Puppies First Night Home: What to Expect?

Bringing home a new puppy is an exciting adventure filled with joy and happiness. But, amidst all the joy and happiness, a silent fear lingers in new puppy parents. “How will my new puppy spend their first night home?”

Puppies’ first night home is somewhat restless and uncertain. You should expect them to cry and whimper. In this post, we’ll share every tiny detail you should consider while your new furry friend is about to spend it’s first night with you.

We will explore how you can welcome your pup upon their arrival, how the first hour of your puppy at home will look, and all the tips that will help you have a happy time with your new pet.

Decide on the Places You’re Willing to Dedicate to Your Pup

Bringing a new puppy home demands a lot of commitment and dedication. Being willing to dedicate places in your home to fulfill your puppy’s needs is one of them.

Here are some of the important space-dedication decisions you must make before you bring your puppy home:

  • Get them a Personal Space to Snuggle: This is the area your puppy will own for napping or sleeping at night. You can set up your pet’s crate in the same place too.
  • Food/Water Area: Ideally, an eating or drinking space should be close to your pup’s sleeping area. Since they have small stomachs that get empty soon and need refilling multiple times with water and food, keeping the food bowl in the sleeping area is not a good idea because there’s a risk of spillage all the time.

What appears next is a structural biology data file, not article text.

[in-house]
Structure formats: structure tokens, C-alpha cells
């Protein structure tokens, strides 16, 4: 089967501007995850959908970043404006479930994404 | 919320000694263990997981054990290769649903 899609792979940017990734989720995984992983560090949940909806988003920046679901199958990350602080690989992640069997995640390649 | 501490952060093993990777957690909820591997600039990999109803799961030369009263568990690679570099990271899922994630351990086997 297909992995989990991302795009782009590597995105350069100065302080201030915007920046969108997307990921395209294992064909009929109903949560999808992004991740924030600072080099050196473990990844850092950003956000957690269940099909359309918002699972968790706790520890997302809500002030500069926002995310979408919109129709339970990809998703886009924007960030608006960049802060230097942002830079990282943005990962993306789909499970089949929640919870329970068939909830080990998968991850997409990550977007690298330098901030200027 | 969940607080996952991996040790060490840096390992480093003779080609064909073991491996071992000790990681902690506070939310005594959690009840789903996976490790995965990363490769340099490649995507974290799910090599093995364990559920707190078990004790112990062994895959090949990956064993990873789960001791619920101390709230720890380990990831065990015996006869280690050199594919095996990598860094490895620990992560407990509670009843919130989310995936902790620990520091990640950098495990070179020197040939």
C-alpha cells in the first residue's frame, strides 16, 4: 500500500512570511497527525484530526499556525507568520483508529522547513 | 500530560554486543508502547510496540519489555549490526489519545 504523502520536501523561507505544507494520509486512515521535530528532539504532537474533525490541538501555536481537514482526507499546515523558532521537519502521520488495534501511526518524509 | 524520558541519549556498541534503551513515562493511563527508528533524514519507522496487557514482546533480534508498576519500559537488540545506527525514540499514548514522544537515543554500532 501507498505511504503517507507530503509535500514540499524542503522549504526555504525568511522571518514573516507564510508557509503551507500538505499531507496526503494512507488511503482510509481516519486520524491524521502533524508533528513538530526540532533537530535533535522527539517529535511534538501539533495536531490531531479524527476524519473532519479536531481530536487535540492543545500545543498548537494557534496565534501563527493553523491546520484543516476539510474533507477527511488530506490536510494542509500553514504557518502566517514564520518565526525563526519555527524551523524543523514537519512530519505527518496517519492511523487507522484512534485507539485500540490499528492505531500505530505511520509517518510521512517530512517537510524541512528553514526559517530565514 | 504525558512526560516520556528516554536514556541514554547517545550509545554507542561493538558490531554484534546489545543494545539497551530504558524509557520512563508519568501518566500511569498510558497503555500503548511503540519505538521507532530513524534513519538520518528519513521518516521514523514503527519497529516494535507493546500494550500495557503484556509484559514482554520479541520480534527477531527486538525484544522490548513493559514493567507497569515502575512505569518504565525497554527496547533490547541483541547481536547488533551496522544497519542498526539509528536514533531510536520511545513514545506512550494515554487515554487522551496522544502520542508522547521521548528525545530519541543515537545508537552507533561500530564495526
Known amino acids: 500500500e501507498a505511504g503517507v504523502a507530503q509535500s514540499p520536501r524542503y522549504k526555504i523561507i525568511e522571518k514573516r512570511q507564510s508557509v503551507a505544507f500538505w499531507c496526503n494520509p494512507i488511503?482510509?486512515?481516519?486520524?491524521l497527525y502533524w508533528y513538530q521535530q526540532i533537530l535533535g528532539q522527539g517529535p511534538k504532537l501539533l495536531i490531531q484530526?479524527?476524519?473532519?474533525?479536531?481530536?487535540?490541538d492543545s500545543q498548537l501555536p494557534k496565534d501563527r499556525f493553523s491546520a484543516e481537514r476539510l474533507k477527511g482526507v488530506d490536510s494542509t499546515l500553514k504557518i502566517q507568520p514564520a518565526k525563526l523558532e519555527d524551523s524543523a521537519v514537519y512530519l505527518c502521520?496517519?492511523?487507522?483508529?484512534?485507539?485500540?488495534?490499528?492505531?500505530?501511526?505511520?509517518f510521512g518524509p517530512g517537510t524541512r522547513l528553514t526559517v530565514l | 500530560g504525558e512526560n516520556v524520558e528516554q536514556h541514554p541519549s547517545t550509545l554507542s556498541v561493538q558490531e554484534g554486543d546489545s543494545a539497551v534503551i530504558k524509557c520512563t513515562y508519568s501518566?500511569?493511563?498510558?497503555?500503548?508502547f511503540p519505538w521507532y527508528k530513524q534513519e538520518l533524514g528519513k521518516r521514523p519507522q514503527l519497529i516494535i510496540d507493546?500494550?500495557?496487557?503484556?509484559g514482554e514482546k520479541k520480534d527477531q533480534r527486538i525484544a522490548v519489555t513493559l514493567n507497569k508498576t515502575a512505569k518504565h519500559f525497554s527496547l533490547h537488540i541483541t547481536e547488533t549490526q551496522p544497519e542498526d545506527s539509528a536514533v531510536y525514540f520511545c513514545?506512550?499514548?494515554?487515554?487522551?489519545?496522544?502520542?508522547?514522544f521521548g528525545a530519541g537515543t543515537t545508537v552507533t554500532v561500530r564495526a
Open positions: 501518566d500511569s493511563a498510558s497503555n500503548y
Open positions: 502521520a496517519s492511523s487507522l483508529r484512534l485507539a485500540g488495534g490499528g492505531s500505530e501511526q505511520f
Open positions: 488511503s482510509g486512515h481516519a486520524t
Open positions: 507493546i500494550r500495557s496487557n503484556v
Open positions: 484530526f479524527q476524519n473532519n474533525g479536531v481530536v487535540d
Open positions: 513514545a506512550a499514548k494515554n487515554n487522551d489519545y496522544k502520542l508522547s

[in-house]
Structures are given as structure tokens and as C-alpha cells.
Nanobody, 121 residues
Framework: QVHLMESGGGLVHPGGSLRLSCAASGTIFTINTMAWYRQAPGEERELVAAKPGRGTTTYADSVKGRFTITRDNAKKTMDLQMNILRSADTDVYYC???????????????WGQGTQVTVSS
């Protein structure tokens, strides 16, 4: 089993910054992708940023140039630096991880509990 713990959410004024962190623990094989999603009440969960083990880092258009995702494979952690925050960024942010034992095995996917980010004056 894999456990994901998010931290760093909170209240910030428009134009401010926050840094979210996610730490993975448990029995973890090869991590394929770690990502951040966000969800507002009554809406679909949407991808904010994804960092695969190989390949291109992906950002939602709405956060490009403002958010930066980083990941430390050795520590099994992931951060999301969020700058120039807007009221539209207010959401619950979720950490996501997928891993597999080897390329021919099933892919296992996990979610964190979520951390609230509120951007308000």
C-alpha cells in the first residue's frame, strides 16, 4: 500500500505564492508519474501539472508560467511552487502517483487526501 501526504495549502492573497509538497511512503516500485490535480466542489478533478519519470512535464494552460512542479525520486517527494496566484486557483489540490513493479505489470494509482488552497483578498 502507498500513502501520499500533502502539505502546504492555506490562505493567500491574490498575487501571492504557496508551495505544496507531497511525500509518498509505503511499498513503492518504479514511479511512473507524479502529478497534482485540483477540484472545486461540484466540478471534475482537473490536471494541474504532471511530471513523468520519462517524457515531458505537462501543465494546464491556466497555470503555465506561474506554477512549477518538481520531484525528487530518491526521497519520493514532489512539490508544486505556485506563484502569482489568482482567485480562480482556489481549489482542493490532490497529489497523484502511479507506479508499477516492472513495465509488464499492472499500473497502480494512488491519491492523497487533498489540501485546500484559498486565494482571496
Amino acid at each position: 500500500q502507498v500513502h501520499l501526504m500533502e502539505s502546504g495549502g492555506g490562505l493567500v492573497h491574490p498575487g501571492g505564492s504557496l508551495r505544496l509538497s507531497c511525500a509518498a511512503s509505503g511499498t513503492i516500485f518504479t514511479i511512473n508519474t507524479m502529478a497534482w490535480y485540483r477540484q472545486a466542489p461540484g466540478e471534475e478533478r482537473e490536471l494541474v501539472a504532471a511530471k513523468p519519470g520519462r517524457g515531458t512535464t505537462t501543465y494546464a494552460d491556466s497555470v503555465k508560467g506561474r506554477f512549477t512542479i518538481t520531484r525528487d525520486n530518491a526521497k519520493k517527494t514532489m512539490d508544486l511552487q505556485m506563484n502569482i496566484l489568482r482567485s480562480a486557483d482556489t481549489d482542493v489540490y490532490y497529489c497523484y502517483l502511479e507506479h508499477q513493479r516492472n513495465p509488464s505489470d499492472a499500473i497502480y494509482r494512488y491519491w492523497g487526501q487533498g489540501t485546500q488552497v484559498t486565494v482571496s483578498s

• Littering Space: This one is also of great importance. You must allocate a place your pet can go to eliminate at every potty break. 
  • Decide on Prohibited Areas for Your Pet: While you decide on the places that will now be your pet’s property, you must also decide on some rules for your pet or define areas where your pup will not be allowed. For example, you can make rules on if they are allowed in bed, sofas, or kitchen. And, is there any area of your home where your pet is not welcome?

Once you define these rules, the key is to stick with them. Also, everyone else interacting with your pup should abide by these rules.

Puppy Proof Your Home

Make sure your home is ready to embrace a puppy, or as they call it, is puppy-proofed.

Preparing your home for its new member includes removing everything that has choking hazards or can harm them.

Here’s a list of potentially harmful things that you can eliminate from your home for the safety and well-being of your pup:

List of Household Hazards:

  • Painkillers
  • Batteries
  • Mosquito/Insect or Mouse repellents
  • Ethanol
  • Dustbins

List of Electrical Hazards:

  • Electrical cords/wires or cables
  • Portable heaters
  • Electrical appliances of every kind whose wires can get chewed

Hazardous Plants:

  • Lily
  • Azalea
  • Philodendron
  • Daffodil
  • Yew
  • Conkers
  • Cherry Laurel

Installing baby gates is also a nice idea to keep your pet confined to a particular place you want them to explore. You can introduce them to your home’s new corners and spaces individually. These baby gates can also keep your pet away from the areas you don’t want to share with them or keep them safe from the potential risks of falling from stairs or getting in contact with electrical cords. 

Gathering All the Supplies You Might Need